IS there an unsung green hero in the community worthy of a coveted award?

To celebrate the 10th anniversary of the UK’s biggest environmental awards, the People Environment Achievement Awards (PEA), co-founded by Broughton Hall Estate resident Jarvis Smith, is asking the public to nominate their ‘Eco-hero of the Decade’ for special recognition.

Anyone can vote for the person or team of people, both nationally or internationally, who they consider has done the most since 2010 to move us closer towards a sustainable world.

And that nomination can be for someone from the district which has a number groups campaigning to create awareness of climate change and other green issues.

Mr Smith, who left a career in advertising and the world of music to play his part in making a greener world after living on a landfill site for three weeks said: “I was one of 11 people who took on Channel 4’s challenge to live on a landfill site using only what we found amongst the rubbish to build shelters, cooking facilities, and somewhere to shower. The result was a programme called ‘Dumped’ in 2007.

He continued “I was shocked to the core by the amount of rubbish we, as a society, were throwing away. I decided then and there to play my part in stopping this madness and help people live a greener life. I left my successful, well-paid jobs and set up a magazine and website where people can find green, ethical alternatives to mainstream products and services, which I now run with my wife, Katie Hill.”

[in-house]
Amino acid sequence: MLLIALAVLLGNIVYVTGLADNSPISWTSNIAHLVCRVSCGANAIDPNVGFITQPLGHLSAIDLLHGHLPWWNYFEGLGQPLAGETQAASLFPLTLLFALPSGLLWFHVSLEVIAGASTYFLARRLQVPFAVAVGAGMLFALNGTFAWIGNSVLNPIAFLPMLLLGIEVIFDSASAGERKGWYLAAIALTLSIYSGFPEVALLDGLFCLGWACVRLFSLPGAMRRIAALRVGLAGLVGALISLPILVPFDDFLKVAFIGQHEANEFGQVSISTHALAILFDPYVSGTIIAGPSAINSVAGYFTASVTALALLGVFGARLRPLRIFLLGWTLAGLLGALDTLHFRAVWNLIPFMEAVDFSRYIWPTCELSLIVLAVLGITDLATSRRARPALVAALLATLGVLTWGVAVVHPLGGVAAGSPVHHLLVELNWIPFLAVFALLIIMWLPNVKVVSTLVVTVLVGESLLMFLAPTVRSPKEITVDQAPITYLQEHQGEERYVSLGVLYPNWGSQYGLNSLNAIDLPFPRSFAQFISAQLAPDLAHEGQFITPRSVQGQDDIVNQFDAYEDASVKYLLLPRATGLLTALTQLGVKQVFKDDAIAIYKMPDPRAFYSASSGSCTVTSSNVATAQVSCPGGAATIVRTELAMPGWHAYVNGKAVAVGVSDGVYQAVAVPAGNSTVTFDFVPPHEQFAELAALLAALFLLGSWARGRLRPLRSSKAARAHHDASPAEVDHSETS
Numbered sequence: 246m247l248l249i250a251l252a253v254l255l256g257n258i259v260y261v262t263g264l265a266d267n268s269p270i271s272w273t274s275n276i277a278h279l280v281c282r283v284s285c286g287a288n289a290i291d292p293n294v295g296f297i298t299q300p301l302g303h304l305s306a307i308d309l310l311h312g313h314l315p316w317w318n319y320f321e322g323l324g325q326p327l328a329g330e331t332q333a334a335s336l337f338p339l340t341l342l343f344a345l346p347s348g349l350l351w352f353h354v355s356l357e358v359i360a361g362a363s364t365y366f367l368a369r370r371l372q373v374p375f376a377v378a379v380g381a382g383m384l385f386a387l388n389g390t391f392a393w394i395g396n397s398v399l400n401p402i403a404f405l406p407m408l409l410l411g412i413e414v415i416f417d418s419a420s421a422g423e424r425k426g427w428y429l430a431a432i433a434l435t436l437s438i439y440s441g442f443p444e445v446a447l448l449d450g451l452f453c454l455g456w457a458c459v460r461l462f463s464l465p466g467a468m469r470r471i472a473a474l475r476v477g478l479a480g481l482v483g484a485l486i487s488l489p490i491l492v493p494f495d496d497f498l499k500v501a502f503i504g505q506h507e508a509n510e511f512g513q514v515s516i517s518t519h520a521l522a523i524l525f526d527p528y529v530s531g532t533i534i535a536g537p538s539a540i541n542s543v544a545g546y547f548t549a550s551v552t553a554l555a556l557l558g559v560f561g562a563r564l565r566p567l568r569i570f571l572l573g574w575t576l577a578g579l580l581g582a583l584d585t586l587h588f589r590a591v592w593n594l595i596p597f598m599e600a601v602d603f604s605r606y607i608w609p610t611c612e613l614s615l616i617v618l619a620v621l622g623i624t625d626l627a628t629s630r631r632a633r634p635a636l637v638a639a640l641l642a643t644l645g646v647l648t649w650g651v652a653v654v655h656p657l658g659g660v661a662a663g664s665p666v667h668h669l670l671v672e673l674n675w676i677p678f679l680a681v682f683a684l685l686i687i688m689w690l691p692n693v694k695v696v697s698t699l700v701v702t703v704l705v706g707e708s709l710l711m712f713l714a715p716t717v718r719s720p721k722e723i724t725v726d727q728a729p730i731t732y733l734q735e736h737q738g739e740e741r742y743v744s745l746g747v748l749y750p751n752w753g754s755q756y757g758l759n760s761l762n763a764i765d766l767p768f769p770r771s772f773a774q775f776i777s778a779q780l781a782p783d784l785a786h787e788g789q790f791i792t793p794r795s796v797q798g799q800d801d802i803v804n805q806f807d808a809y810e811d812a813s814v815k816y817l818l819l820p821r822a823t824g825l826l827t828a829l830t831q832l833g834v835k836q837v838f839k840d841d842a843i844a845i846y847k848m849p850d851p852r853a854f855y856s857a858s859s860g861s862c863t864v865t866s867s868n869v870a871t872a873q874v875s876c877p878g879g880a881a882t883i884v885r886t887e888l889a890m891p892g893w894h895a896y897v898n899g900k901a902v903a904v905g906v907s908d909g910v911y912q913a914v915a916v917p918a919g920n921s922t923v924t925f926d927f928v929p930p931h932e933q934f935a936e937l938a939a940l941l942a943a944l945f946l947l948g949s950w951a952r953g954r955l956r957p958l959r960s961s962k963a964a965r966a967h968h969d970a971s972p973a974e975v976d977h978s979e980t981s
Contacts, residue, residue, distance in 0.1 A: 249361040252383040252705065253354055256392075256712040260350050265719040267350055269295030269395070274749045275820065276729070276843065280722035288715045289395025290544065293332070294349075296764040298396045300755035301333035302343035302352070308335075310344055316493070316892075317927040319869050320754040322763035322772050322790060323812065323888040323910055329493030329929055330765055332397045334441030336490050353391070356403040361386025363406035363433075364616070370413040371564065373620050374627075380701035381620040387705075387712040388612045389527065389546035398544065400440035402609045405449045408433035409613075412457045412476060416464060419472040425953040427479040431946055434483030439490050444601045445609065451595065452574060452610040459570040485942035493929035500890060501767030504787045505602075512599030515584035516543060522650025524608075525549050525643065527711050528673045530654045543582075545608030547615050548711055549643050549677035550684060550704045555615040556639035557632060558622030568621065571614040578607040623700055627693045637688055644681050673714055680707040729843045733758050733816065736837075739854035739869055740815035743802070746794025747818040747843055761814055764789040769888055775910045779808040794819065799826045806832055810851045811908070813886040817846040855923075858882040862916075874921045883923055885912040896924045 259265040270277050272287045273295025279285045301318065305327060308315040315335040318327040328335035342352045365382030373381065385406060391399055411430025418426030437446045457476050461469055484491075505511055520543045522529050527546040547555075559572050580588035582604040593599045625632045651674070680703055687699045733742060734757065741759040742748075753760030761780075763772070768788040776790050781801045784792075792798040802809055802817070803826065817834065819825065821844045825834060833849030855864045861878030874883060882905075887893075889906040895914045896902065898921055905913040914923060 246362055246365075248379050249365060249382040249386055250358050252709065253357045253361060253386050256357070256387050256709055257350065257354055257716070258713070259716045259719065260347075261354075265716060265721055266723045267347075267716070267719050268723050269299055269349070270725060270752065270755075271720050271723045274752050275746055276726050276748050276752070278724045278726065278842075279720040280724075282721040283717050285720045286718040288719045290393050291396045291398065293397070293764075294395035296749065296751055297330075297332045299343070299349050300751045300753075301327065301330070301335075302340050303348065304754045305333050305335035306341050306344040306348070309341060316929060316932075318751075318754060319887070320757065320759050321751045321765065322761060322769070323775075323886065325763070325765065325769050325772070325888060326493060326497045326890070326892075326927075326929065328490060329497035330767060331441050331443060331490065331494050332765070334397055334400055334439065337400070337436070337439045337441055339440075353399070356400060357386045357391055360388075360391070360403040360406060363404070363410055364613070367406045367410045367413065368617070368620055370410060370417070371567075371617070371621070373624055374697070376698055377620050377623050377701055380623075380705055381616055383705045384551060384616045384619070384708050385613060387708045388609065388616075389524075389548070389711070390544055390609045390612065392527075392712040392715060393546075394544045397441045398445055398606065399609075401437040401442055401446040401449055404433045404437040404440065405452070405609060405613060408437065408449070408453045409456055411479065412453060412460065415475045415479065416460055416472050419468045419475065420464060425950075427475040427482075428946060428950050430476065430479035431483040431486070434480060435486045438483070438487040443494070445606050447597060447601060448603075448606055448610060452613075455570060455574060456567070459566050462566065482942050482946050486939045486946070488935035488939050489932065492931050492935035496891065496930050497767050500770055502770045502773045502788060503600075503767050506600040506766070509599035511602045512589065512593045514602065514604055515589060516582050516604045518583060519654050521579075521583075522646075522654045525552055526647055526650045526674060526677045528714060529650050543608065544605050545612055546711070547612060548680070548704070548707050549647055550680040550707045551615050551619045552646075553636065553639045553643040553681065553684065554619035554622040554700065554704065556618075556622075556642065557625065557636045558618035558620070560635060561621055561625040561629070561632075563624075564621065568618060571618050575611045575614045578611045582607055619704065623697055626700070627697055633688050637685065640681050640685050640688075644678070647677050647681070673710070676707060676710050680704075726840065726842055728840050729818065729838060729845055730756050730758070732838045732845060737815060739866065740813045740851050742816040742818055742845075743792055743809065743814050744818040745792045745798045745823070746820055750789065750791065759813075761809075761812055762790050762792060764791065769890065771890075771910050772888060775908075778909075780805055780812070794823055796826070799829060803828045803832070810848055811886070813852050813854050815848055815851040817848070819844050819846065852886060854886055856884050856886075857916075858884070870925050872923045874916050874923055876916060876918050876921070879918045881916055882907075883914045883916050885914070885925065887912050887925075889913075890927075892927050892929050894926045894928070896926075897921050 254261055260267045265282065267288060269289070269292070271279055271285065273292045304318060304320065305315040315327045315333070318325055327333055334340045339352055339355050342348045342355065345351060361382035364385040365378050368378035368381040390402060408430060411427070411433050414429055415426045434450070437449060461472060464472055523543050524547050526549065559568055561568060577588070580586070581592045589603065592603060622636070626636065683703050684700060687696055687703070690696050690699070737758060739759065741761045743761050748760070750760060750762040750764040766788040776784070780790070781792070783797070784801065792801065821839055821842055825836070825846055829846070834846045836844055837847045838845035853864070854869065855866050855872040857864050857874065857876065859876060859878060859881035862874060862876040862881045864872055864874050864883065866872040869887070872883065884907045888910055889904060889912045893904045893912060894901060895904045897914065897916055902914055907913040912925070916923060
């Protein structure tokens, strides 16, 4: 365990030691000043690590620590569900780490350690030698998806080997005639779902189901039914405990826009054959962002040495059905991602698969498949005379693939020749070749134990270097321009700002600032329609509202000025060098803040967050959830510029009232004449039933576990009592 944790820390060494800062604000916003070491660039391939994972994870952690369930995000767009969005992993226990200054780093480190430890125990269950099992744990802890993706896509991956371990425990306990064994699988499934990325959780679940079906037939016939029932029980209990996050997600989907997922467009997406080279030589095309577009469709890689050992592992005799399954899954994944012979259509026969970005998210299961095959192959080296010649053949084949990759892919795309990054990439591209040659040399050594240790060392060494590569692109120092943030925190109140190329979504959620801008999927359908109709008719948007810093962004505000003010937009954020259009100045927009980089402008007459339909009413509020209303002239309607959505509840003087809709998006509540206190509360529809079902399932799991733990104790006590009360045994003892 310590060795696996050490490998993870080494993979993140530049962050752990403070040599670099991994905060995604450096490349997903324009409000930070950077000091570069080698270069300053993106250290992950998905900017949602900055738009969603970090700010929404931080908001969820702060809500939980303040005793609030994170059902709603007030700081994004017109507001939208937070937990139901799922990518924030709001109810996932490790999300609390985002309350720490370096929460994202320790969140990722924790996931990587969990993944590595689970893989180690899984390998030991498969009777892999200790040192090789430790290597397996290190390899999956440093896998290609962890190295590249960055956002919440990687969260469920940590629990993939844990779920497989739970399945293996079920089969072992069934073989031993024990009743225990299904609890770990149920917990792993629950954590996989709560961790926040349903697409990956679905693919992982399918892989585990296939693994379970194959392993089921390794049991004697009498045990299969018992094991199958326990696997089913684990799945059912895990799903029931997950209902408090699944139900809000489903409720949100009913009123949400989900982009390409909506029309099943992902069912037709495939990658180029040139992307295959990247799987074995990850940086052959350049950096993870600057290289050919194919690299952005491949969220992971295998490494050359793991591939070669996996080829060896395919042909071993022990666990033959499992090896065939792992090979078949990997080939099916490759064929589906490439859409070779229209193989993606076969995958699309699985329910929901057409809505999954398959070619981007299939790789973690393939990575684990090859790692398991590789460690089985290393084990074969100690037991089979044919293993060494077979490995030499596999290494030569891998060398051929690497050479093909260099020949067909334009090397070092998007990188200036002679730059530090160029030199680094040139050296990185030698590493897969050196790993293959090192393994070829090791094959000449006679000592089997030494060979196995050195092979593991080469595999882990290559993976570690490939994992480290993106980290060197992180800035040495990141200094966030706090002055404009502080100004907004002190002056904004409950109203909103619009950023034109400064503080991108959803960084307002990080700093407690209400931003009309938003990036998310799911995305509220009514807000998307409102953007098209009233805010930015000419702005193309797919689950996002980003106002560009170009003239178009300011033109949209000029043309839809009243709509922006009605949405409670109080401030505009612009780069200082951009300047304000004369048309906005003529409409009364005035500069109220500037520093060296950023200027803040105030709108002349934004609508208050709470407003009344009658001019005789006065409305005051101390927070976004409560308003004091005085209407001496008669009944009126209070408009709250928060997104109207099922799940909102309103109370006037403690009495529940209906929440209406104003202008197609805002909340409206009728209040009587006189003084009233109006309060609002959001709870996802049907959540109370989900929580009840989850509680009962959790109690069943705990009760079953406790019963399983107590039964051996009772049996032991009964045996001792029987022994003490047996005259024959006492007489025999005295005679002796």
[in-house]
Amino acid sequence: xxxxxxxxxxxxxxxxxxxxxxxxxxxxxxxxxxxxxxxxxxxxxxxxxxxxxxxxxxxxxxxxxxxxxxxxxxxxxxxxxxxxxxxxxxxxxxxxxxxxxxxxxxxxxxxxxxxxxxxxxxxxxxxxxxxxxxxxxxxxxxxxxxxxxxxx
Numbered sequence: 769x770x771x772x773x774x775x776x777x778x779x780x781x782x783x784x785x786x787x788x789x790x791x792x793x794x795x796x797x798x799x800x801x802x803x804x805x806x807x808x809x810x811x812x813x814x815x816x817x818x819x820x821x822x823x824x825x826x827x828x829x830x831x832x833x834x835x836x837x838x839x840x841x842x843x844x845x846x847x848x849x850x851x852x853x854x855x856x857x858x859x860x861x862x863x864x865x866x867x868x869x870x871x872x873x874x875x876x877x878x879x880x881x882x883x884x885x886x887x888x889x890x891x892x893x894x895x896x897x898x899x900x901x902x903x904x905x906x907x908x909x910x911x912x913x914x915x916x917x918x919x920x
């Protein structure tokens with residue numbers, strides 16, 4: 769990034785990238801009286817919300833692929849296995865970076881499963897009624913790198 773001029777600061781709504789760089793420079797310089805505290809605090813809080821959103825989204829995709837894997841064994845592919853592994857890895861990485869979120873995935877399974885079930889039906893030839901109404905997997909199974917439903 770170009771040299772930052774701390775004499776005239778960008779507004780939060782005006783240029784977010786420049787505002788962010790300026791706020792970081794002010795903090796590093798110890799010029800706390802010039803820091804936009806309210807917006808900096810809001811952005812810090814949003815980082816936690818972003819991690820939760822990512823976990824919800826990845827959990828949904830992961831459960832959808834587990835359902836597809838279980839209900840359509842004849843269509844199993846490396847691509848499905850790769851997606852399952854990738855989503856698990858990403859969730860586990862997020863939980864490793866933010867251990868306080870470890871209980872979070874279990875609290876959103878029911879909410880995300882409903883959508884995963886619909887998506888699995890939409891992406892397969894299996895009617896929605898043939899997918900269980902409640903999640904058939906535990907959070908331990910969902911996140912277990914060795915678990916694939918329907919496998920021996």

He added that a panel of leading environmental figures will judge the award, and its presentation will be at a special ‘green-carpet’ online ceremony on November 20.

Jarvis and Katie moved to the Broughton Hall Estate after her father’s death during lockdown. Katie’s mother lives in Yorkshire and they didn’t want to be too far away from her.

A business friend knew Roger Tempest, owner of Broughton Hall Estate, and introduced them. Within a month they had packed up and left their home in Lewes for North Yorkshire.

The annual awards, sponsored by Citrix, were set up in 2010 and past recipients include Julia Davenport who founded UK renewable energy supply company, Good Energy; Cat Fletcher who started Freegle, the international free recycling website; Mike Barry of Marks & Spencer who drove the company’s Plan A campaign; and sisters Theresa Walton and Mary Strong, whose challenge to produce the least plastic waste in a year, won the Greenest Family award.

The closing date for nominations is October 23 via the P.E.A. Awards website at:

The past ten years in the sustainability movement has been a time of great change: Caroline Lucas became the UK’s 1st Green Party MP, the Nissan LEAF, the world’s first mass-produced electric car, was launched.

2010 was the UN’s Year of Biodiversity culminating in 193 nations signing the Convention on Biological Diversity to protect the world’s wildlife, considered a landmark agreement by conservationists.

2010 was the hottest year on record worldwide.

The closing date for nominations is October 23 via the P.E.A. Awards website at: